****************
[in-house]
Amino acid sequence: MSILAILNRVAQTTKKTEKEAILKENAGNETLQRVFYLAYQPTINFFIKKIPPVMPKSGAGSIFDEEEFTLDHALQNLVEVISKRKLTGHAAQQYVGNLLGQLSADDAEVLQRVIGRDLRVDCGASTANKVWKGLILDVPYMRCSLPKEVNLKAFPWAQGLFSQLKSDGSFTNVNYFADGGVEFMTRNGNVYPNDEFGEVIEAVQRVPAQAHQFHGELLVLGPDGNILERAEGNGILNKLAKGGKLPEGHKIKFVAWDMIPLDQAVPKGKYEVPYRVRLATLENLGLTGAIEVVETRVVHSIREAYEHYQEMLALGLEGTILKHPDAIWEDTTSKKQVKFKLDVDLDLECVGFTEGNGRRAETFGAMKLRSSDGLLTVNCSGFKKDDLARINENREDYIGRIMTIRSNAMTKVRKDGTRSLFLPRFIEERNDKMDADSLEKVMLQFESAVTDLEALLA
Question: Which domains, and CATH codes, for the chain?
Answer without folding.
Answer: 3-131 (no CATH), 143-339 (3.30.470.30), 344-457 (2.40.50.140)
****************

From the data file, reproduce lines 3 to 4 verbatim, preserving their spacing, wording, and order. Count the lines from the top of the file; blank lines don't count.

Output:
Question: Which domains, and CATH codes, for the chain?
Answer without folding.